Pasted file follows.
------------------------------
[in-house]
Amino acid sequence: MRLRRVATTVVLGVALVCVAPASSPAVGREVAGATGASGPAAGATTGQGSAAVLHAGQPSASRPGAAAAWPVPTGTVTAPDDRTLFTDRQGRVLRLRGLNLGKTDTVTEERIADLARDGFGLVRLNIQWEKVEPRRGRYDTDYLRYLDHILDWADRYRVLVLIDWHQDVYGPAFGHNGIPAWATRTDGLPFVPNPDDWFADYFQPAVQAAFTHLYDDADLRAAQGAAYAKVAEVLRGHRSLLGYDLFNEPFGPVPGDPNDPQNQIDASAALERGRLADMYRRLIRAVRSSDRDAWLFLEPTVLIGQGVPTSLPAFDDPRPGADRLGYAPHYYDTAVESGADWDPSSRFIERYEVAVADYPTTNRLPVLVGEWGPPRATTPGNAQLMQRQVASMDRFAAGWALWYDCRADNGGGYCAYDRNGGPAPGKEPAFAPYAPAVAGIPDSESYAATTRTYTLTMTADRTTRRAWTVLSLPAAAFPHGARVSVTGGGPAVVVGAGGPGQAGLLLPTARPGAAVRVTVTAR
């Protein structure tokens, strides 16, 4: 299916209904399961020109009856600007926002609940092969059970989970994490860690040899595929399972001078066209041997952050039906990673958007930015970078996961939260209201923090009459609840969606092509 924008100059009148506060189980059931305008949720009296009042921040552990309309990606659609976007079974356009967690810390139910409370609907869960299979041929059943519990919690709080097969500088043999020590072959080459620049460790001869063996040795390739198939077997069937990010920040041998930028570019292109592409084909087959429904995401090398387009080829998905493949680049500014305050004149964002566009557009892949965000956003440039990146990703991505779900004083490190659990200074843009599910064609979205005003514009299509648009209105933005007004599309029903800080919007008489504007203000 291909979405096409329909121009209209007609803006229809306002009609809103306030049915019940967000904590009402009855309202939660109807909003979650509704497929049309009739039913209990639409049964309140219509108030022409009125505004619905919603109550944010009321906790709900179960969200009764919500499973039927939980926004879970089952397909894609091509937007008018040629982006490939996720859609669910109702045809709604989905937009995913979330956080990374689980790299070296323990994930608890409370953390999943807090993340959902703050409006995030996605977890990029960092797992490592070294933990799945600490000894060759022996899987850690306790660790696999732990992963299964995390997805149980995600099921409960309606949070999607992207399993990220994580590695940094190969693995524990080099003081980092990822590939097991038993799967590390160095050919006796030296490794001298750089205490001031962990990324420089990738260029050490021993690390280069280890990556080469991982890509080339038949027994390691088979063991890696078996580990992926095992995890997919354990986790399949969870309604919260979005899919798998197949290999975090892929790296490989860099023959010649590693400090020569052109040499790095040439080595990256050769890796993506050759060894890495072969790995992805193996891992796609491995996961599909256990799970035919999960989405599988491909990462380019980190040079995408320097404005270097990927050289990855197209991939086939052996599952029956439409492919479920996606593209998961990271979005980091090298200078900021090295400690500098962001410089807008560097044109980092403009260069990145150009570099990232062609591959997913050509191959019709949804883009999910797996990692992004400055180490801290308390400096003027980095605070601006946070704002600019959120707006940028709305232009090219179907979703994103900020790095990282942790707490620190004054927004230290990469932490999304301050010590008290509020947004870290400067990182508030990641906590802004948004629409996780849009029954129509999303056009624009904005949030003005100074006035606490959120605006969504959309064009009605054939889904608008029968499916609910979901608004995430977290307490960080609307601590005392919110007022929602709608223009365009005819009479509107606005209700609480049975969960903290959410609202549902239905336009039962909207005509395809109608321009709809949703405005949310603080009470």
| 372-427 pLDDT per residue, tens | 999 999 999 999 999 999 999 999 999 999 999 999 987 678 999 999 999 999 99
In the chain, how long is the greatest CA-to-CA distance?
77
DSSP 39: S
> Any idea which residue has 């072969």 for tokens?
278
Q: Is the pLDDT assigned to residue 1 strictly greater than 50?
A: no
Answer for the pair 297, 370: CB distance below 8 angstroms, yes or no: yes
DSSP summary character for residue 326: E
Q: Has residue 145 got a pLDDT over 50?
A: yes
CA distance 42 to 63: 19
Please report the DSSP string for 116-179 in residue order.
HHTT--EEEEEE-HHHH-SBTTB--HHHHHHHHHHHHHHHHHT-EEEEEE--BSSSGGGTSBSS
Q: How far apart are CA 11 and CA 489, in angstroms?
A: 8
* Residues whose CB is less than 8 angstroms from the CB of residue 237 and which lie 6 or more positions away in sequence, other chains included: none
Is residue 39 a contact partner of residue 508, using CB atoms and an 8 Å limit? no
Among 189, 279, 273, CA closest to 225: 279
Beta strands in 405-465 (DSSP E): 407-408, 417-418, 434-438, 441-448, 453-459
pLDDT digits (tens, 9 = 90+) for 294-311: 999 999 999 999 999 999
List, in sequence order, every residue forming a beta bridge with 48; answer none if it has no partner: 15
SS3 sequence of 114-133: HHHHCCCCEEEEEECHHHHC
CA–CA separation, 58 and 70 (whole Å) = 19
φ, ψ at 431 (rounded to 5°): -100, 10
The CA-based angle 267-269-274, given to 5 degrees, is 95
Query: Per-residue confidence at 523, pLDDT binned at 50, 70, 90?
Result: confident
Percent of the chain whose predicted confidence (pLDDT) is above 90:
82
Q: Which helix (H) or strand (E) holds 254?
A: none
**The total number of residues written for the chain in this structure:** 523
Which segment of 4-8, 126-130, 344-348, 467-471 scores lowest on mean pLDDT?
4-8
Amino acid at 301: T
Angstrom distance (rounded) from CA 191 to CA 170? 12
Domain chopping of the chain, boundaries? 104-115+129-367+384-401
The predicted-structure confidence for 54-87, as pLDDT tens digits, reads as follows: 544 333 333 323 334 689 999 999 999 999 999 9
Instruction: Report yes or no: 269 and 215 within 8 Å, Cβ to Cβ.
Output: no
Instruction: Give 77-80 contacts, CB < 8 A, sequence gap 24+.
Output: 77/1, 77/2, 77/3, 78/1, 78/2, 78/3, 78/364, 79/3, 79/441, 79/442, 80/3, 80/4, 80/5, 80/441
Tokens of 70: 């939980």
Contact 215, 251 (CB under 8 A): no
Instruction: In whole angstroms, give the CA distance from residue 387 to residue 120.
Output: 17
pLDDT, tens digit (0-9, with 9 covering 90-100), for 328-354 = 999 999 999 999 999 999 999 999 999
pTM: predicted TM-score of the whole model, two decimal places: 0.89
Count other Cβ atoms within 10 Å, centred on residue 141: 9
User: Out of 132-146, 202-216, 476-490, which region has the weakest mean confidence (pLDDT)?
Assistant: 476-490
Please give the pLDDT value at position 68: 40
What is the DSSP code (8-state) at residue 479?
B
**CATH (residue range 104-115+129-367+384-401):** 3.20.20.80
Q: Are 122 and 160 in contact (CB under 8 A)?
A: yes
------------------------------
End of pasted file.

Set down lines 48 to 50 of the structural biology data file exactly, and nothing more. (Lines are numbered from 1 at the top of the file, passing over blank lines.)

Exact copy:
Tokens of 70: 């939980």
Contact 215, 251 (CB under 8 A): no
Instruction: In whole angstroms, give the CA distance from residue 387 to residue 120.